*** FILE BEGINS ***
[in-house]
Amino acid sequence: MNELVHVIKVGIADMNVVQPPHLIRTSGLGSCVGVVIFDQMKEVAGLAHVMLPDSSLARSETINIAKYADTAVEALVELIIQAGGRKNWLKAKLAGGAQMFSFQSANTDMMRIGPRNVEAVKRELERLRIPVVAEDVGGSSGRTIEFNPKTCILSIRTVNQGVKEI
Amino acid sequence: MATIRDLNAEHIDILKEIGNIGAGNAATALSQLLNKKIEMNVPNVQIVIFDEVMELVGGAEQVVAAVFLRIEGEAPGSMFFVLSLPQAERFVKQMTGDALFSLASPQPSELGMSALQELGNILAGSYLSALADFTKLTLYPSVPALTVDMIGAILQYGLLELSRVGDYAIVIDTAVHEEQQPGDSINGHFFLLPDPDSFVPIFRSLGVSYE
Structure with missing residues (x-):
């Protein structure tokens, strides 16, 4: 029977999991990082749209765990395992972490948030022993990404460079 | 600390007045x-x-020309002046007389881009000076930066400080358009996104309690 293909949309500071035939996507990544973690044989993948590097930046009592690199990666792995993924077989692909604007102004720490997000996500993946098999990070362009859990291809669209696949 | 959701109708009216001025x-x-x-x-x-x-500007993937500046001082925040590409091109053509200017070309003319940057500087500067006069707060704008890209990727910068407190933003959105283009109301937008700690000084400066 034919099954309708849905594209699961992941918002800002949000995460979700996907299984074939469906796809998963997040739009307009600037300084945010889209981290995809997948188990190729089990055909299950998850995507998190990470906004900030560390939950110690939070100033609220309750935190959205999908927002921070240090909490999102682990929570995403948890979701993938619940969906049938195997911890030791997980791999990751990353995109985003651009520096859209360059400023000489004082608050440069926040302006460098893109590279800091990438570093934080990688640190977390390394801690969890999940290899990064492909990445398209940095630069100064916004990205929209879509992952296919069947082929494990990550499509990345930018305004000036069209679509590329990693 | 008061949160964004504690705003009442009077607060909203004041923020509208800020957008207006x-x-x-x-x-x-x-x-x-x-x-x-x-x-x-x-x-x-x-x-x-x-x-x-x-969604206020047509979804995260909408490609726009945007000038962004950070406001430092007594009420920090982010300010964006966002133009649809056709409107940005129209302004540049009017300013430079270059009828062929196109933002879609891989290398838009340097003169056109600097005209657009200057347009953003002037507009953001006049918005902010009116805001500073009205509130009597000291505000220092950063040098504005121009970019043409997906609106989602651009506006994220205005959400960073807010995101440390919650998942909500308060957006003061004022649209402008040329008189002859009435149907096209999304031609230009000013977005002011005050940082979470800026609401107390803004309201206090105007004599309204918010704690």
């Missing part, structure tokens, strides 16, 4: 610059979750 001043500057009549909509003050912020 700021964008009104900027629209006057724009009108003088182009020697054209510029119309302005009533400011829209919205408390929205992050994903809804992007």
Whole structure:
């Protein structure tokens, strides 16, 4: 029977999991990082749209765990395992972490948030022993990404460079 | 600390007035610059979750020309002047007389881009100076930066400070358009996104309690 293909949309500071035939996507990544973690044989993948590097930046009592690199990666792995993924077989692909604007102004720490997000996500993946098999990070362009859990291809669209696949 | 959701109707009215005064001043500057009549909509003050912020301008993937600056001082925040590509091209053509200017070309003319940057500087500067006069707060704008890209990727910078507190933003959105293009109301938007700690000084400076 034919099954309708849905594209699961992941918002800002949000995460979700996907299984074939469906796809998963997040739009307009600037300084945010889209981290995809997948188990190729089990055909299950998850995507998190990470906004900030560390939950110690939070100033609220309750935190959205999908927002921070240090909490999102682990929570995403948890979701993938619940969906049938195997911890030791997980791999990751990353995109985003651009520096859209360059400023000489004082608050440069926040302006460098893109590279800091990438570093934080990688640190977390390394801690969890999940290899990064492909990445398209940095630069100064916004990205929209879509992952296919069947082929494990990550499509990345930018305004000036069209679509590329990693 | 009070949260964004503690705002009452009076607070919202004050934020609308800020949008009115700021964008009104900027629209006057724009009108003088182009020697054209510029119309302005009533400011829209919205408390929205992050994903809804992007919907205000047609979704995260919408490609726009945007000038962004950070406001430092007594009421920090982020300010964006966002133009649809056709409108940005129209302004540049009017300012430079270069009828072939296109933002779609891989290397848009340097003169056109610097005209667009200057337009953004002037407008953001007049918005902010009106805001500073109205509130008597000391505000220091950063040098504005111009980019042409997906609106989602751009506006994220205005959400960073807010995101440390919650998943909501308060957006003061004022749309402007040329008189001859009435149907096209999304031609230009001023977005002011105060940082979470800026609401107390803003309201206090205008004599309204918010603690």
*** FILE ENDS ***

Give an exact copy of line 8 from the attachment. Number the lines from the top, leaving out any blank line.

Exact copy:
């Protein structure tokens, strides 16, 4: 029977999991990082749209765990395992972490948030022993990404460079 | 600390007035610059979750020309002047007389881009100076930066400070358009996104309690 293909949309500071035939996507990544973690044989993948590097930046009592690199990666792995993924077989692909604007102004720490997000996500993946098999990070362009859990291809669209696949 | 959701109707009215005064001043500057009549909509003050912020301008993937600056001082925040590509091209053509200017070309003319940057500087500067006069707060704008890209990727910078507190933003959105293009109301938007700690000084400076 034919099954309708849905594209699961992941918002800002949000995460979700996907299984074939469906796809998963997040739009307009600037300084945010889209981290995809997948188990190729089990055909299950998850995507998190990470906004900030560390939950110690939070100033609220309750935190959205999908927002921070240090909490999102682990929570995403948890979701993938619940969906049938195997911890030791997980791999990751990353995109985003651009520096859209360059400023000489004082608050440069926040302006460098893109590279800091990438570093934080990688640190977390390394801690969890999940290899990064492909990445398209940095630069100064916004990205929209879509992952296919069947082929494990990550499509990345930018305004000036069209679509590329990693 | 009070949260964004503690705002009452009076607070919202004050934020609308800020949008009115700021964008009104900027629209006057724009009108003088182009020697054209510029119309302005009533400011829209919205408390929205992050994903809804992007919907205000047609979704995260919408490609726009945007000038962004950070406001430092007594009421920090982020300010964006966002133009649809056709409108940005129209302004540049009017300012430079270069009828072939296109933002779609891989290397848009340097003169056109610097005209667009200057337009953004002037407008953001007049918005902010009106805001500073109205509130008597000391505000220091950063040098504005111009980019042409997906609106989602751009506006994220205005959400960073807010995101440390919650998943909501308060957006003061004022749309402007040329008189001859009435149907096209999304031609230009001023977005002011105060940082979470800026609401107390803003309201206090205008004599309204918010603690």